Imagine a nurse who is caring for a sick person who is in pain, and ultimately in danger of death. She can take one of two attitudes. In the first, all her sympathies are with the patient. She is very upset by the situation, and really quite depressed by it. In the second, she is well aware of the patient’s pain and understands the condition. But she has no time to sympathise because she must keep her professional head clear of emotion while providing the best treatment available. Which nurse would you prefer to be looking after you?
That crude example helps us to distinguish between sympathy and empathy. It’s important to understand the difference if we are to live a Christian life. We are instructed to love our neighbour as ourselves, but we have to be careful how we think about this. Instinctively our reaction is to benefit our neighbour in the way we would want to be benefited ourselves. But what we should be doing is benefiting him in terms of himself.
A story I enjoy is that of the woman whose car stalls in traffic. In no time the driver caught behind her starts banging on his horn. The woman goes round to him and says sweetly: “Tell you what. Why don’t you get my car started, while I toot your horn.”
When my wife played a part in choosing people with the right temperament to train as marriage counsellors the ones she was most likely to reject were those with a ready answer. They prided themselves on their quick ability to give sound advice to those in difficulties. So I was glad that she did not have to select, or unselect, me. Tell me about any difficult human condition, and I know exactly what the sufferer should do next. No wonder I write for the Catholic Herald. Not only can I give my opinion without being asked for it, I actually get paid for doing so.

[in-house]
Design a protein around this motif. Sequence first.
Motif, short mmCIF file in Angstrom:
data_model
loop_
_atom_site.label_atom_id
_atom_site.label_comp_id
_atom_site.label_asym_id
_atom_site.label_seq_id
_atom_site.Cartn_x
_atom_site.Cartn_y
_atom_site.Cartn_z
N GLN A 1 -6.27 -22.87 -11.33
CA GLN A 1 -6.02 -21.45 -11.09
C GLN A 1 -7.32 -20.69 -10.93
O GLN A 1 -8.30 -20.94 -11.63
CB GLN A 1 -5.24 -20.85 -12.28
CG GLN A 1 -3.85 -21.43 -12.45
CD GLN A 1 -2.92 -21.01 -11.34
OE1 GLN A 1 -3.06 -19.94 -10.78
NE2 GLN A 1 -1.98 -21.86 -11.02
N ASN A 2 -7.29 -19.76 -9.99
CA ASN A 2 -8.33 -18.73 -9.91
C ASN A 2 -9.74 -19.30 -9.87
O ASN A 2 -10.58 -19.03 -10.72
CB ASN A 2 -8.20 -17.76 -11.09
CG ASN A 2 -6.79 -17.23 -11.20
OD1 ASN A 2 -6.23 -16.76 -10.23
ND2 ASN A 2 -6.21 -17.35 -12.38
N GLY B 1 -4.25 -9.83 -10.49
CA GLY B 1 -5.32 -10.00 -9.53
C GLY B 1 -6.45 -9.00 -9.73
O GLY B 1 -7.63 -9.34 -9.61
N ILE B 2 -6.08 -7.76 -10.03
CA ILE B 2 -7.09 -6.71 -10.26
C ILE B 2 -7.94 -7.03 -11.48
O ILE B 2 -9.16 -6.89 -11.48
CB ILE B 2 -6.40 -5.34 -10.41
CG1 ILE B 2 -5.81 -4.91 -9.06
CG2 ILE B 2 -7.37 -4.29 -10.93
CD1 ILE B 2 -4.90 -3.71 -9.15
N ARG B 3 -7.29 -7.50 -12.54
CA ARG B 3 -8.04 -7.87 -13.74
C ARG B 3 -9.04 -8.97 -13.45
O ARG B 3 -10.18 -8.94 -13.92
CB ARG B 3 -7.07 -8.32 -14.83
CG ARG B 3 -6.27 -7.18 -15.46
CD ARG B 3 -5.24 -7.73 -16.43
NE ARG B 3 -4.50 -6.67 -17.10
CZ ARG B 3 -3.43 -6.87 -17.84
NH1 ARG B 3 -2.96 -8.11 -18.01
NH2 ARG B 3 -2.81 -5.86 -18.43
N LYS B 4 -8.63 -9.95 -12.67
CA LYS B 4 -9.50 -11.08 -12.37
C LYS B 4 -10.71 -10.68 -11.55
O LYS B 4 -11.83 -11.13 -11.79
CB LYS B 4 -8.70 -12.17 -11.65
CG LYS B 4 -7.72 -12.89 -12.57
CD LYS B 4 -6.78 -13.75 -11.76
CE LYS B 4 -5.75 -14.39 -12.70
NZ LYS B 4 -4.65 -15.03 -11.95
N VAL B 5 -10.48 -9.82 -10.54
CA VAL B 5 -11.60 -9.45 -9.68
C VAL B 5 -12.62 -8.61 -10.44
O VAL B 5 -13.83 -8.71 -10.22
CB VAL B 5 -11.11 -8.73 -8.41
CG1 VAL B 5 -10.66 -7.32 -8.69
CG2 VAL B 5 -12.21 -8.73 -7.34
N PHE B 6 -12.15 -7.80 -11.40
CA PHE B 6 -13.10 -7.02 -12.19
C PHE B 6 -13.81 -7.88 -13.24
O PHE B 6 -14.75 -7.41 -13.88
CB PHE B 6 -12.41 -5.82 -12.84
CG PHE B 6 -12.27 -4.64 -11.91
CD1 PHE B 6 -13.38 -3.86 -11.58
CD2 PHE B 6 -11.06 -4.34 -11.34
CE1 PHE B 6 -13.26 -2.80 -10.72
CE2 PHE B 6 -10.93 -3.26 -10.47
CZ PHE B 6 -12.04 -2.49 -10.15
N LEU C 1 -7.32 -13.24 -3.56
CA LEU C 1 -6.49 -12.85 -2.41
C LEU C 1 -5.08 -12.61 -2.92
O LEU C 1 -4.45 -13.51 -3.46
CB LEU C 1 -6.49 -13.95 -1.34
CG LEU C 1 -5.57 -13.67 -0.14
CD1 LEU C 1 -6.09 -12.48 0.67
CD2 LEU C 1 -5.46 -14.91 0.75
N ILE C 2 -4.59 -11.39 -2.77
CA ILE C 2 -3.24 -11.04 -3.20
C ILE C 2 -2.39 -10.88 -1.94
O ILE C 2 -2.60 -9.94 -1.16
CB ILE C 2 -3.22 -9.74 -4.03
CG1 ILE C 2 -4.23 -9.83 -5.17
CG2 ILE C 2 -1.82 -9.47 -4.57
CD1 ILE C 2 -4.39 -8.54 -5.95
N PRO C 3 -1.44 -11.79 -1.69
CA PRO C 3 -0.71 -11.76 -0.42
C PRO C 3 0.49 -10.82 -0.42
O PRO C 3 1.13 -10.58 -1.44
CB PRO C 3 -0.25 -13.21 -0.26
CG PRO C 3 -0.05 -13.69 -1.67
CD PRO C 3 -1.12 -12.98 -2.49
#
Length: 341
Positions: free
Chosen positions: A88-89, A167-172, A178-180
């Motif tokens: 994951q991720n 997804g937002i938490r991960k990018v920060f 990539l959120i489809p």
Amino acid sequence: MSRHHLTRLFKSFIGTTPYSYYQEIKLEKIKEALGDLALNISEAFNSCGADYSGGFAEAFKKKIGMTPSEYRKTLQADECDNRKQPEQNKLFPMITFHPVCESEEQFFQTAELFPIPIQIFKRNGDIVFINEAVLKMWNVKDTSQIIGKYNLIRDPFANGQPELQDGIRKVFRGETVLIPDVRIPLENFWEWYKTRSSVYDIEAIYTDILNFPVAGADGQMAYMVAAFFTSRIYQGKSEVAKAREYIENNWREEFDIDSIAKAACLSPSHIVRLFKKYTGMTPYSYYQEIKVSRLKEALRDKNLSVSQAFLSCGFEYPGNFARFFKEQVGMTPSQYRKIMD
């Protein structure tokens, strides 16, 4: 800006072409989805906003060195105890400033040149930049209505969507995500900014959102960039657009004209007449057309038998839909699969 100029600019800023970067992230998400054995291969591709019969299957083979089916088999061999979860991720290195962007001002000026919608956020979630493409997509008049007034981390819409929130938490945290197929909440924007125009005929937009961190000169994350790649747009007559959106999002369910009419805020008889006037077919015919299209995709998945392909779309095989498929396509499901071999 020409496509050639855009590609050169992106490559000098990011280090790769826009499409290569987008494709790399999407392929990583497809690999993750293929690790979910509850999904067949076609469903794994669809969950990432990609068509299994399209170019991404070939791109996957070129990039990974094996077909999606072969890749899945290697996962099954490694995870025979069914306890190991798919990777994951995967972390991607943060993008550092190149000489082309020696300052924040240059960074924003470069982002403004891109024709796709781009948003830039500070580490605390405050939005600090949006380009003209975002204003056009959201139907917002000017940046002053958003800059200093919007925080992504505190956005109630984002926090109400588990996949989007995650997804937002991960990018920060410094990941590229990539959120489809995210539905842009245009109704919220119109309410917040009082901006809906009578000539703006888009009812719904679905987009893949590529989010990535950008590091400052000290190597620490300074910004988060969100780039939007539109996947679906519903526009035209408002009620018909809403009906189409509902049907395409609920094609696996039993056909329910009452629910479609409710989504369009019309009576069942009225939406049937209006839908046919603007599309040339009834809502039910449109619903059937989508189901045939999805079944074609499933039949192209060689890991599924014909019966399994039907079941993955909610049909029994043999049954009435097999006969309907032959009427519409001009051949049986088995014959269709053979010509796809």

So I have to be very disciplined in ordinary life. I find it quite difficult because I have children and grandchildren who all, I think, would benefit much from my greater experience. But I need to listen to them, and understand where they are and how they see things. That makes it easier for me to ask the questions which may help them find their own way rather than recommending mine.
So here’s a dilemma. Several years ago I was speaking at a conference of marriage counsellors in Ireland on this subject. I chose abortion as an example. One approach I might have taken was that saving an individual human’s life was so important that this was the one case where persuasion was justified. The other approach was to ensure that a client had thought about all the relevant elements and was aware of the alternatives – and then to leave her to decide for herself. In loving my neighbour, which approach should I have taken?